Later, my brother gchatted me. Maybe he had some words of wisdom.

Me the comments are so terrible they’re funny
Allan hahaha i know
Me one of them said she looks like this guy


Allan ahahaha
this is awesome
one of them is like
she can fit a dozen headbands on her forehead
Me hahahahah
Allan “She looks like the leader from iron man”
Me hahahaha
i like that one
someone said the knicks should take it down or she might kill herself
Allan hahahaha
Me my stomach hurts

Soon, the comments died down (with the last ones pointing out the lens distortion),  and the next day, my sister did end up sharing the link on her Facebook.

This all reminded us that the internet, cruel as it is, is a fickle thing. What seems like a big deal now will likely be forgotten three hours from now. Unless, of course, your distorted mug becomes a meme, posted on a blog, reposted on another blog, and posted on reddit.

Looks left and right. So far, so good.

FOOTNOTE
[1] Me: How come the reporter didn’t prod her? Like… How? Why? Maybe he sucks, too.

Allan: Yeah, I think he does suck. Because he asked her one question, then after she answered, asked me the same question. WTF. Give me something else. Pick my brain. I have important things to say!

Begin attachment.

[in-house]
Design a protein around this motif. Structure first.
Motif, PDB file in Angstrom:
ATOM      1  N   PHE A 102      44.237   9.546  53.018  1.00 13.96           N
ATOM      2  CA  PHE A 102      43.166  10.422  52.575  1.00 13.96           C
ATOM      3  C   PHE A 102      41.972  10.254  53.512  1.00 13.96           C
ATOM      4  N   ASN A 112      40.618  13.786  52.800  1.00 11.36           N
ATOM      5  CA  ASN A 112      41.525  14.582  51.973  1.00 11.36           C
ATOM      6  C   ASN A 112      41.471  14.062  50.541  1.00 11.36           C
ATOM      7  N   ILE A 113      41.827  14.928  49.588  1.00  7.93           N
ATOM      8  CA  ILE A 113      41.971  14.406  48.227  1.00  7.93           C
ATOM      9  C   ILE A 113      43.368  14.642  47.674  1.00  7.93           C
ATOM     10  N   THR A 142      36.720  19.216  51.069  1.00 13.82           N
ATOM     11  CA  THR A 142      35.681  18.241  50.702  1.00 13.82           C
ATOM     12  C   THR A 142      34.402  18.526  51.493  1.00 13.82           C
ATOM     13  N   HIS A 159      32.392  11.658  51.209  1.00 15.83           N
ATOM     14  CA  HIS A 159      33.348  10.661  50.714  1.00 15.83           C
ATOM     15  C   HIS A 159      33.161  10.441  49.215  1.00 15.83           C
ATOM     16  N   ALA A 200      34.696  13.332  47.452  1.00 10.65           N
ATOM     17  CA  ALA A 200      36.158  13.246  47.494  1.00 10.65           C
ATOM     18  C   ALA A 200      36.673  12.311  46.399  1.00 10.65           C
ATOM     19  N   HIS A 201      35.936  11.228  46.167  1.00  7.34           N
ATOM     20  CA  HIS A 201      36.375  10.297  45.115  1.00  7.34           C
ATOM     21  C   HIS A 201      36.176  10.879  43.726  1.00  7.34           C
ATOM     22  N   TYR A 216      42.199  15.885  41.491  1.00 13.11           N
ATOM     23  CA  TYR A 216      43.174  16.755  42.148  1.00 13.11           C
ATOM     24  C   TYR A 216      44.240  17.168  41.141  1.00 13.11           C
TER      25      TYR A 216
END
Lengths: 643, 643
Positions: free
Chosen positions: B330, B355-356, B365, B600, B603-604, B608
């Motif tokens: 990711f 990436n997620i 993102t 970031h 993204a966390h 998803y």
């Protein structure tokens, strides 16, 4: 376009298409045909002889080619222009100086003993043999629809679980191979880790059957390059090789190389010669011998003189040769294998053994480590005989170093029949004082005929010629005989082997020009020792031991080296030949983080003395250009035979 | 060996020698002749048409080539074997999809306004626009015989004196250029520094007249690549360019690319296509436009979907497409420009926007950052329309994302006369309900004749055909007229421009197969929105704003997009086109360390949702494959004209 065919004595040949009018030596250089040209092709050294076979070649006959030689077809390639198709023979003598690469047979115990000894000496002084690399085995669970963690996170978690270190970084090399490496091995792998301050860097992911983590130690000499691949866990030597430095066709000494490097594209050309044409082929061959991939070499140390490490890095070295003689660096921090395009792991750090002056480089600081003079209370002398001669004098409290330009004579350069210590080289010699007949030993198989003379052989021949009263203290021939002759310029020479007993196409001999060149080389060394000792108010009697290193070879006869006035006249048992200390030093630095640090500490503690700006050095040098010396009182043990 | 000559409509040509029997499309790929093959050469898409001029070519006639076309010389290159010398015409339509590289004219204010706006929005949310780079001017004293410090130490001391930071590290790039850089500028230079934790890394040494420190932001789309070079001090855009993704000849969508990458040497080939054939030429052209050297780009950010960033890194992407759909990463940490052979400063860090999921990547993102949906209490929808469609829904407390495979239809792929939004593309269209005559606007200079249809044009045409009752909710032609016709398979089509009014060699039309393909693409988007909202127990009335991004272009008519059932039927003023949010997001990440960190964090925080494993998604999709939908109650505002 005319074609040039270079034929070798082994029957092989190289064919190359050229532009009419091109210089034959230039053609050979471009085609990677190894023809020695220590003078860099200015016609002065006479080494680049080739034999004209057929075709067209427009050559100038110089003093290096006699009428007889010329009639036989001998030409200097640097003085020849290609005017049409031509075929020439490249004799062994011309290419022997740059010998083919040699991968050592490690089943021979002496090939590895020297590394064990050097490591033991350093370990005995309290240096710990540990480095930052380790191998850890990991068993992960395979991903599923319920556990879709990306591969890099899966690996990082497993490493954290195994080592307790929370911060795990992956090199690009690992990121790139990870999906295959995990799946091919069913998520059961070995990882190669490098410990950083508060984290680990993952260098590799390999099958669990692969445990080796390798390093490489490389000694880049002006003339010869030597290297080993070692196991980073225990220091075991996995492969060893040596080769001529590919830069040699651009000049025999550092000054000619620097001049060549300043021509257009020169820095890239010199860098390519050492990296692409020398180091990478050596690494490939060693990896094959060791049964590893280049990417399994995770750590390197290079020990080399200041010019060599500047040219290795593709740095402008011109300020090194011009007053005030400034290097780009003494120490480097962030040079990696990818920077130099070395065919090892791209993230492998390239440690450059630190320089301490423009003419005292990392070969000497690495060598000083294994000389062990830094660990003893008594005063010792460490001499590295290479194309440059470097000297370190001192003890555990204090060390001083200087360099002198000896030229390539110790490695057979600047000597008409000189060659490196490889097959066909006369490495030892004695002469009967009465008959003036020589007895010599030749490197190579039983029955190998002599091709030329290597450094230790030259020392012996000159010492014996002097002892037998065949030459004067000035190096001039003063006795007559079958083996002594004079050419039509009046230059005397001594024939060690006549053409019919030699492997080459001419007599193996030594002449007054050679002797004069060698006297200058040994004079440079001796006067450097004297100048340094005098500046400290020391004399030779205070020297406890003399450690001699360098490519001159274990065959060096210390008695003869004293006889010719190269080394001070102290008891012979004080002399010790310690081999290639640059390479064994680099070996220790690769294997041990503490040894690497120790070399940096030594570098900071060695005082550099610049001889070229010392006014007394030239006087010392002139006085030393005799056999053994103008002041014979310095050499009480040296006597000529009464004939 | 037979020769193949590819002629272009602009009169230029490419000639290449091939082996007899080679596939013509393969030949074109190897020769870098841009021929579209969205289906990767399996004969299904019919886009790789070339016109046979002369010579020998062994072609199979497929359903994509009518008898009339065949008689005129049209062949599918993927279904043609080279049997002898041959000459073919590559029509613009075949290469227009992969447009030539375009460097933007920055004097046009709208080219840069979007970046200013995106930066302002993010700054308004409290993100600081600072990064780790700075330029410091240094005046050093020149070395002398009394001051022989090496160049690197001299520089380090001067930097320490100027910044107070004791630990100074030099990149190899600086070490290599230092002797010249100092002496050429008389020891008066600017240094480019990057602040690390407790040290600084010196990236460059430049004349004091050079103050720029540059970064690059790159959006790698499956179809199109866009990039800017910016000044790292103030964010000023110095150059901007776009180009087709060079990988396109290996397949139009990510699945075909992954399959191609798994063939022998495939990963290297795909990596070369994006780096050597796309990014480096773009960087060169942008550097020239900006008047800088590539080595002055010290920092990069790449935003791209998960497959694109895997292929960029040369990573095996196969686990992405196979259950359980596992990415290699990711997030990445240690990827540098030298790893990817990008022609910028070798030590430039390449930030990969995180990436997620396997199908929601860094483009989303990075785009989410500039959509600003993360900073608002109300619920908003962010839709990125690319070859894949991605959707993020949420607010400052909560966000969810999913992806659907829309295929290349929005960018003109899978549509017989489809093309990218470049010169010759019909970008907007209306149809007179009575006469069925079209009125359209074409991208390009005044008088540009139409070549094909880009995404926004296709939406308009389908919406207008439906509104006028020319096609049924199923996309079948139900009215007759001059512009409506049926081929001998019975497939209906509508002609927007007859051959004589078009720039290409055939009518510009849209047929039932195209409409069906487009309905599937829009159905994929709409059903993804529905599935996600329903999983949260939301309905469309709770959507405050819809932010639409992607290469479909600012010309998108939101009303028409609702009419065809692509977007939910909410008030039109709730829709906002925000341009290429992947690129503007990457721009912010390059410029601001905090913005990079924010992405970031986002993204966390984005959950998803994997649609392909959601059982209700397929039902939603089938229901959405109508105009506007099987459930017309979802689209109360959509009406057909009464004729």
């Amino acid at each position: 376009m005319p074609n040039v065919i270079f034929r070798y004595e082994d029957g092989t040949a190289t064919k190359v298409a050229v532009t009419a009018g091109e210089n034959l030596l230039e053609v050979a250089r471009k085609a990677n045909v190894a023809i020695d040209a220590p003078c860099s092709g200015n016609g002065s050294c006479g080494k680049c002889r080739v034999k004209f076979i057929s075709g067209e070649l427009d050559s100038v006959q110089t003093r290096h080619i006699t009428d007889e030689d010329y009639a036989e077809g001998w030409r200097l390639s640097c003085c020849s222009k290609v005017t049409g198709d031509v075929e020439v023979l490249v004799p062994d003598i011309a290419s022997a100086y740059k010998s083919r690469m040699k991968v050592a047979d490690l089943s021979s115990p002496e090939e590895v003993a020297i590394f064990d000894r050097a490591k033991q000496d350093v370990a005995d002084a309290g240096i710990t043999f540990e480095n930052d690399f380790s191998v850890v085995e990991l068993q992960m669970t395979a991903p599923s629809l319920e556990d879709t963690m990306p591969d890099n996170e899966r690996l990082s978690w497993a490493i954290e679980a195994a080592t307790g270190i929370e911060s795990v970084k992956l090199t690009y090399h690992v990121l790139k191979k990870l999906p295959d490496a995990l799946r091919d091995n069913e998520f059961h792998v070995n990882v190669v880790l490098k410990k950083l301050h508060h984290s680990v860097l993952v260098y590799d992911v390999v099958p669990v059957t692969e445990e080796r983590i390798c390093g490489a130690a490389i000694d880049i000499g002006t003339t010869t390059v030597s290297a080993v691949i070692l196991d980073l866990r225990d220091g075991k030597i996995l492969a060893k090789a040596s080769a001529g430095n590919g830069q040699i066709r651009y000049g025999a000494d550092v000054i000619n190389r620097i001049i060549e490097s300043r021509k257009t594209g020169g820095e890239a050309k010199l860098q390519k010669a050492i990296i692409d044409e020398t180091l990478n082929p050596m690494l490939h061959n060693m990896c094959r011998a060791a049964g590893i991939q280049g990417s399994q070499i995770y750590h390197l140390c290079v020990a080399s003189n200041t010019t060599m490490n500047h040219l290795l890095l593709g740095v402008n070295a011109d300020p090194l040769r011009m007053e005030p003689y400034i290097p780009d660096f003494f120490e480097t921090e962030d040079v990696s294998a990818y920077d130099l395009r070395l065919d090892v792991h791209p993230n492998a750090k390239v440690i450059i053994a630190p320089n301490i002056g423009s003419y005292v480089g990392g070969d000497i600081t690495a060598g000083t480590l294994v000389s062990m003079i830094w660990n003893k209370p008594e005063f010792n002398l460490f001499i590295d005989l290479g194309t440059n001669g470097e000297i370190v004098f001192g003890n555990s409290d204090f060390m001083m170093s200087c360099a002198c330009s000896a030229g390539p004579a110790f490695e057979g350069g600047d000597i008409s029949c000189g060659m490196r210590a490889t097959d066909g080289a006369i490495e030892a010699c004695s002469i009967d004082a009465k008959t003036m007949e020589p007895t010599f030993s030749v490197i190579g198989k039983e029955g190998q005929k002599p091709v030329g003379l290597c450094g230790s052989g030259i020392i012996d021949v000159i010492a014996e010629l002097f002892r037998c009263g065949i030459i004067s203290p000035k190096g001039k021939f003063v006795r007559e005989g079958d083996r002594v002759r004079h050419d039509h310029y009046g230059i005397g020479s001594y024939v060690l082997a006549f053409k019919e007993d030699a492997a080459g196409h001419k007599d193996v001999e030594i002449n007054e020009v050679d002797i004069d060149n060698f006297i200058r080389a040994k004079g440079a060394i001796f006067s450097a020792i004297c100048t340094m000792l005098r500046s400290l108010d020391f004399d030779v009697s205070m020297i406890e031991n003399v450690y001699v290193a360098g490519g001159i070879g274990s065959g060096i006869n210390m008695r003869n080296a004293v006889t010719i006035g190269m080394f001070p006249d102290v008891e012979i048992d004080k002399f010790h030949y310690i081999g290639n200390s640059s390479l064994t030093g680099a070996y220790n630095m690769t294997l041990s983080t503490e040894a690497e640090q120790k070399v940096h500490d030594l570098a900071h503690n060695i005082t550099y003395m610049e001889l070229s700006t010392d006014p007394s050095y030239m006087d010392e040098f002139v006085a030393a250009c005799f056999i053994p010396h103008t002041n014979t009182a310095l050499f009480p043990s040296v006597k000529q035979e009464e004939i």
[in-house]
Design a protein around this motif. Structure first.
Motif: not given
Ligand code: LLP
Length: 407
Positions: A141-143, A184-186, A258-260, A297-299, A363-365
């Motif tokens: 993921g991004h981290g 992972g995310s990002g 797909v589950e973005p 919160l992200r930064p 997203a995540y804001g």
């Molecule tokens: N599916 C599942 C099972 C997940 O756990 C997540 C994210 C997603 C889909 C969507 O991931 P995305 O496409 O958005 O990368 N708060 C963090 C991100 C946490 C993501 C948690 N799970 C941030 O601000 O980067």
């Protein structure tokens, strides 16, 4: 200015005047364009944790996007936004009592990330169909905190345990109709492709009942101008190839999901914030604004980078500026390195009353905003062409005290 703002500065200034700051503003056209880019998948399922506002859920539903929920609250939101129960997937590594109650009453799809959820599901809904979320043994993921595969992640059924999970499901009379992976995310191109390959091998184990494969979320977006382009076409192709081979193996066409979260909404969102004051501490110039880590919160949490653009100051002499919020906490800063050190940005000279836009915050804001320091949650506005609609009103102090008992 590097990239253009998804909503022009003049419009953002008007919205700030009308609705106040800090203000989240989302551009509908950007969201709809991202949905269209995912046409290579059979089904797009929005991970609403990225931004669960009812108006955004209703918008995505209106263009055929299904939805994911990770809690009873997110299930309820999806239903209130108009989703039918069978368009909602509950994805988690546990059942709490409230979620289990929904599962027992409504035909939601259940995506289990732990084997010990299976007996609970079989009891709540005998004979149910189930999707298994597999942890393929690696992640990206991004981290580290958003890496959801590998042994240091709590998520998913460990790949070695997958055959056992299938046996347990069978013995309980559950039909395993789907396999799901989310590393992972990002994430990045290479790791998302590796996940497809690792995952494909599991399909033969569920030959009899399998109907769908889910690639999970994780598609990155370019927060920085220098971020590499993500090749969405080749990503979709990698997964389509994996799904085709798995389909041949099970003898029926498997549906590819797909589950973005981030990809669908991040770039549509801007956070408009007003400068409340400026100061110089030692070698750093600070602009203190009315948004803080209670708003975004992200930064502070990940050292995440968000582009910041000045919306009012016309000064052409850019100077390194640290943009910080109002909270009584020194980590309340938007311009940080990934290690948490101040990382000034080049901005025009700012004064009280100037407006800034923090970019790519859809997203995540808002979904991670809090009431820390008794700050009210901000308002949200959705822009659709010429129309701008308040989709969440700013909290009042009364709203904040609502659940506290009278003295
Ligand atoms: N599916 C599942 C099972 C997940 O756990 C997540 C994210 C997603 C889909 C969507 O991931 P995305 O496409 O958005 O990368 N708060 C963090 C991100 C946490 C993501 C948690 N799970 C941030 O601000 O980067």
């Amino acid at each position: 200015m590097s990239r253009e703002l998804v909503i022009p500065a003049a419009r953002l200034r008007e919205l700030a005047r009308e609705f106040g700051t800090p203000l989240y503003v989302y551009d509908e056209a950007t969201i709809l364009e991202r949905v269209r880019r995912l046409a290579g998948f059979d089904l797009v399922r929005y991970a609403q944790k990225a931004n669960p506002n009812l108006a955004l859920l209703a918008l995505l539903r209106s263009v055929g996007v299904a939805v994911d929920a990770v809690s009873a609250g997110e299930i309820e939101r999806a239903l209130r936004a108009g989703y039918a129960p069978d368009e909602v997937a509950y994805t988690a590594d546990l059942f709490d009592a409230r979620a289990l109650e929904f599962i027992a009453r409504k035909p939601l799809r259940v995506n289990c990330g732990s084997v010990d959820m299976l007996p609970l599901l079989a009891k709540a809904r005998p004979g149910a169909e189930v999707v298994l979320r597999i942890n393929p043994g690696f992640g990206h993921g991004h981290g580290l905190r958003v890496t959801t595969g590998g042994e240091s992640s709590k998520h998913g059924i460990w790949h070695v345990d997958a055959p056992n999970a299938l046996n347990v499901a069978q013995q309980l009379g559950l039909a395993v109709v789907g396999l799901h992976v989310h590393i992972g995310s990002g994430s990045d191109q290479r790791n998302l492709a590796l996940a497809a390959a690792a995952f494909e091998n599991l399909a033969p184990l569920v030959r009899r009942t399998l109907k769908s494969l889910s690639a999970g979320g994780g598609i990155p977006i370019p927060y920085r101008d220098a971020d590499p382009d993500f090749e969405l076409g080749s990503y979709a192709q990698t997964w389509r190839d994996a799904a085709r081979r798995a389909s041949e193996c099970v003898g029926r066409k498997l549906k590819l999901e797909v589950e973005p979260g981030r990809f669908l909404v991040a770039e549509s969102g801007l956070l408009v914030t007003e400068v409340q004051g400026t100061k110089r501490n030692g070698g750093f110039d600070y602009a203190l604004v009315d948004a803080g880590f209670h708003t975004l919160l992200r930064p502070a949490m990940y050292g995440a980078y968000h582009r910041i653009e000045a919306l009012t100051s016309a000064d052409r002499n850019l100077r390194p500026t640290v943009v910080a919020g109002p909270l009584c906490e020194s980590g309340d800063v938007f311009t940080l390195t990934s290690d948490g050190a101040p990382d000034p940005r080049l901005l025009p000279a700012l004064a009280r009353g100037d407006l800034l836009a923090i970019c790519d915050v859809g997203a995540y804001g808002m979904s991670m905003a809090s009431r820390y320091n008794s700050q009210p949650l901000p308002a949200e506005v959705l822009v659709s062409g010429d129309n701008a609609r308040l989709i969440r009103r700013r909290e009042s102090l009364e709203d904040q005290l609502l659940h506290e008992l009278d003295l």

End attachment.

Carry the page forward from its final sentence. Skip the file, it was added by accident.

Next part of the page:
Me: Hahaha. She probably has no idea what basketball is and was told to look for Asians at a Knicks game. Ooh. I like how I switched to the female pronoun when talking about lack of sports knowledge. I am sexist! Unintentional.

Allan: Sure, sure. MEN ARE SUPERIOR. 

[2] My sibs also got into a Taiwanese paper. My sister used Google Translate.

Came from the south of Virginia, the Pori Bada and his wife Lin Hao (Allan & Elaine Bolipata) said, “In the past, live in New York, diehard fans, has always been the Knicks, Lin Hao, an incredible performance, the enthusiasm of the team once again renewed. ” Pori Bada and his wife opened three hours by car from afar, and production support LinShuHao slogans waving at the scene.

Me HAHAHA. this is great.
Allan  she is having a rough week
Me  the knicks, source of misery.

Meanwhile in Twitterville, vol. 1

Nevada sunset. Photo by Marco.

In case you missed it on my Twitter, here are the top 10 links that people have clicked on this month so far. I excluded all the links to this blog (I figured there’s room for only one narcissistic act of self-linking, and that’s going to be to my tumblr).

As you can see, it’s a pretty random list, which means people who read my tweets are just as random as me. I dig.

1. Always read the terms and conditions
2. Possibly the next engagement-photo craze
3. Who are the 1 percent?
4. I’m not as smart as I thought I was
5. I’d hire him
6. Outliers: The kind of book a Canadian would write, living in America
7. Why I love New York
8. Five resolutions for aspiring leaders
9. Sixth and Mission, illustrated
10. PressPausePlay

What you didn’t click on but should have: The Paris Review’s excellent interview with Maya Angelou (such great nuggets, e.g. “One of the great arts that the writer develops is the art of saying, ‘No. No, I’m finished. Bye.’ And leaving it alone.”) and neat quotes by scifi author Bruce Sterling on following your weird.

Happy Tuesday!